In his State of the Center 2002 Address, New NASAOne NASA: Glenn's Contributions, Center Director Donald Campbell spoke of "revolutionary changes" over the year that will transform NASA into a more focused and unified Agency.
Glenn's Carl Siliski was one of three recipients of a NASA Exceptional Achievement medal presented by NASA Administrator Sean O'Keefe during the Agency's annual Minority Business and Advocates Awards ceremony.
NASA Administrator Sean O'Keefe reaffirmed his commitment to adopting three guiding principles of a great organizationprofessionalism, resources, and recognitionduring an All Hands Address.
Glenn researchers demonstrated sucessful real-time fault detection and isolation of a virtual main propulsion system.
NASA's Office of Space Science has awarded approximately $21 million to Glenn to develop a next-generation ion propulsion system that could revolutionize the way we send science missions deeper into the solar system.
Dr. Geoffrey Landis, Photovoltaics and Space Environment Effects Branch, is one of 28 scientists selected to participate in the 2003 Mars Exploration Rover mission.
Six new Glenn-led technologies involving advanced space travel, aviation safety, and more efficient airplane engines win NASA Turning Goals Into Reality awards.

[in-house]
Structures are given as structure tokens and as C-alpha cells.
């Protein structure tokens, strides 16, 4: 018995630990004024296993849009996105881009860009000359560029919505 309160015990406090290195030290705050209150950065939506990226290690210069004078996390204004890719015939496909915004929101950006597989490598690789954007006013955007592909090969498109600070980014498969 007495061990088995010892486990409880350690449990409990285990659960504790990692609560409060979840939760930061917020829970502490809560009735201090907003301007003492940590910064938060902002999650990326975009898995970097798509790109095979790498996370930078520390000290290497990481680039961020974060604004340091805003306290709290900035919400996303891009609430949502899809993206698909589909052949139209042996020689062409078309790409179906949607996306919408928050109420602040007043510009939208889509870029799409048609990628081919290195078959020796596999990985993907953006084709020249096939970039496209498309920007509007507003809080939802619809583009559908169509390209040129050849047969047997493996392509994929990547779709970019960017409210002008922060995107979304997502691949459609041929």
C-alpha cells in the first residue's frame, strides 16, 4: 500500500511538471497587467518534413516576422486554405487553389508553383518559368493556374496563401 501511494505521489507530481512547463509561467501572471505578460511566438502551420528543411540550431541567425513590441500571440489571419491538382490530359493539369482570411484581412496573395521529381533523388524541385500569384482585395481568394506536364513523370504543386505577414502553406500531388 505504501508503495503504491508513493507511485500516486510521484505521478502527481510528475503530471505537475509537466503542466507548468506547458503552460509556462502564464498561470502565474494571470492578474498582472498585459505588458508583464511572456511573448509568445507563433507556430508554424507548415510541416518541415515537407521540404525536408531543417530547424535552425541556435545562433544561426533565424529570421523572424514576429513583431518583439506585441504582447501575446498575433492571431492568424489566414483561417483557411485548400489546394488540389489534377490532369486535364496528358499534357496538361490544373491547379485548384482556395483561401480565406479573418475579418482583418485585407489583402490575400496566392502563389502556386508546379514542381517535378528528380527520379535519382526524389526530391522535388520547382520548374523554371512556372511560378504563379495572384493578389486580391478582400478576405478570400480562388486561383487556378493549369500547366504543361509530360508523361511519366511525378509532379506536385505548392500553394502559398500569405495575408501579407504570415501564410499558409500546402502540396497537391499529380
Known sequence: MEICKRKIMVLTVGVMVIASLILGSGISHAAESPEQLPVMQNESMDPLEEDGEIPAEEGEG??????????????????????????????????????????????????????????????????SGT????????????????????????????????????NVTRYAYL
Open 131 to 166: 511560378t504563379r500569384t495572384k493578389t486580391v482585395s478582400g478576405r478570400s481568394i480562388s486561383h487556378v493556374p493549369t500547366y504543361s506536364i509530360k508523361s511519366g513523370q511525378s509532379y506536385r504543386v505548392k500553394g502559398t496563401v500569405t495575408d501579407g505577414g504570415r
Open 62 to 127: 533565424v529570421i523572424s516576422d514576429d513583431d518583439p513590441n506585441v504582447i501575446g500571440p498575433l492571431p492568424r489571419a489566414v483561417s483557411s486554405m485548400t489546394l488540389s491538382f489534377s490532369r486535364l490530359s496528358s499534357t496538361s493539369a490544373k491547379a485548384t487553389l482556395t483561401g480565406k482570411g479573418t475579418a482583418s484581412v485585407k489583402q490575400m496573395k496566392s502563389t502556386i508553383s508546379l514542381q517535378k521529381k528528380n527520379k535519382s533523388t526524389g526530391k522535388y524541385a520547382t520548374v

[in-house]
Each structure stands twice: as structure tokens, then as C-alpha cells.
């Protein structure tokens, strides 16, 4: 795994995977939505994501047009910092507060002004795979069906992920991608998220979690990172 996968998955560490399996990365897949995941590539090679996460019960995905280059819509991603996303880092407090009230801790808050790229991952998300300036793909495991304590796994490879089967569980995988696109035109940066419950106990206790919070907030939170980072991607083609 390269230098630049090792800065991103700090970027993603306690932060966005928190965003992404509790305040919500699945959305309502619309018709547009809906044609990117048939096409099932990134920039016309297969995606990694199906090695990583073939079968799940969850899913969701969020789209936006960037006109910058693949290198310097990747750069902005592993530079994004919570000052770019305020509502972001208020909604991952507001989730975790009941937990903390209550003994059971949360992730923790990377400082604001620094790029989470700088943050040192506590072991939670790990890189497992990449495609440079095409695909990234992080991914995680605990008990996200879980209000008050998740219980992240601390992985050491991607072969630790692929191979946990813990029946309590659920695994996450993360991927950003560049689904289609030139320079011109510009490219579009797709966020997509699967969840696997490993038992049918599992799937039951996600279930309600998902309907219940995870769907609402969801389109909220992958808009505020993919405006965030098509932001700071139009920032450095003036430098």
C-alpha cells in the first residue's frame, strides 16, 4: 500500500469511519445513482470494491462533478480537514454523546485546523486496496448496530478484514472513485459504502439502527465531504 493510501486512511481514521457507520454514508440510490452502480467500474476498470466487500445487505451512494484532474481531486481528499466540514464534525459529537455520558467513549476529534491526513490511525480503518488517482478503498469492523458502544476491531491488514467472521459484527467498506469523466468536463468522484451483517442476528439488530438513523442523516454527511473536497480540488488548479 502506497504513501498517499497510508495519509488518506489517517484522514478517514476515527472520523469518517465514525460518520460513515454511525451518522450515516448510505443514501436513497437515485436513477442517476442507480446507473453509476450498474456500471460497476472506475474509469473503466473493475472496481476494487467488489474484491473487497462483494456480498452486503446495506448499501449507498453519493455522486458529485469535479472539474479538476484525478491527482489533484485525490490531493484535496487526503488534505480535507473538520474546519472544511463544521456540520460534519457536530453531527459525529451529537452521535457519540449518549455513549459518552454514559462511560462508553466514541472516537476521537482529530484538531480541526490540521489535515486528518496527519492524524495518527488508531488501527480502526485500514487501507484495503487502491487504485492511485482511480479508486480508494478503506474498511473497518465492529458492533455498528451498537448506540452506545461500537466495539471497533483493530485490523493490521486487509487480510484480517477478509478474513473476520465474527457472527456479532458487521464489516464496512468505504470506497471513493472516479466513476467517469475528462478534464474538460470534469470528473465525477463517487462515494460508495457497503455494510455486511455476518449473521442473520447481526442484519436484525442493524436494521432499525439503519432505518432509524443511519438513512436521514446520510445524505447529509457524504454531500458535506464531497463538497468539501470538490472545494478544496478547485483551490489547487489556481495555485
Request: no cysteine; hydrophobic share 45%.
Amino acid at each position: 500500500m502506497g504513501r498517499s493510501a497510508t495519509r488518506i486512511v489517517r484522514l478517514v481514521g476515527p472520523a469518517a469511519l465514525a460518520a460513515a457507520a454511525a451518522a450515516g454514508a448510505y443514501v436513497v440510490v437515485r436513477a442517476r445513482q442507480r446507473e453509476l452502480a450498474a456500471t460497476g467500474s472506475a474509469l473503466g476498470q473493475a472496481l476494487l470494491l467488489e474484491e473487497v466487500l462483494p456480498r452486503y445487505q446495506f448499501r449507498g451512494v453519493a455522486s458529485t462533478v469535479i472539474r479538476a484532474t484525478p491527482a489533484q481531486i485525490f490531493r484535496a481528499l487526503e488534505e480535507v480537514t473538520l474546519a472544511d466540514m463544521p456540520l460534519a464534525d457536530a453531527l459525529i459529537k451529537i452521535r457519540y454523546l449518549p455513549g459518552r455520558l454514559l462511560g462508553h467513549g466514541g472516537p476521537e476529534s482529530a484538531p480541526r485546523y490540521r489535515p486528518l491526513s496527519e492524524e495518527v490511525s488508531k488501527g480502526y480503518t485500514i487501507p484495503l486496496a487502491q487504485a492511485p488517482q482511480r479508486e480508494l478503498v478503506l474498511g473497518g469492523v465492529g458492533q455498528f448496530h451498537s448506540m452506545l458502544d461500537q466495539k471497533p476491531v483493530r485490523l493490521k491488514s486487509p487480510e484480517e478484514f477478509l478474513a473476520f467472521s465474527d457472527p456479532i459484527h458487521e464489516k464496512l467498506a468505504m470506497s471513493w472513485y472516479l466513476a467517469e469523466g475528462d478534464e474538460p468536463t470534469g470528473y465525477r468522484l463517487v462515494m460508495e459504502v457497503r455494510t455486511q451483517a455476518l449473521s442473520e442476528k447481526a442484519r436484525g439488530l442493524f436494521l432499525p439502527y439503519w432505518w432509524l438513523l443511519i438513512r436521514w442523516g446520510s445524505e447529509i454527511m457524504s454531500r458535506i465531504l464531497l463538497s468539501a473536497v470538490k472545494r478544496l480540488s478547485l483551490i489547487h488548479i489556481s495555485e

Glenn researchers win the NASA Government Invention of the Year awards for a hollow cathode assembly that is the primary component of the space station's plasma contactor system.
NASA's Office of Aerospace Technology released an integrated strategy, or blueprint, that identifies four elements on which NASA will focus: the digital airspace, revolutionary vehicles, security and safety, and a state-of-the-art, educated workforce.
Glenn employees and business and community leaders extended a warm welcome to NASA Adminstrator Sean O'Keefe, who was accompanied by Senator John H. Glenn, on his first visit to the Center.
Major risk reduction testing of a payload fairing for the Boeing Company's new Delta IV launch vehicle was conducted in the Space Power Facility (SPF) at Glenn's Plum Brook Station.
Glenn researchers played a key role by developing the ion engine that propelled Deep Space 1 into the solar system.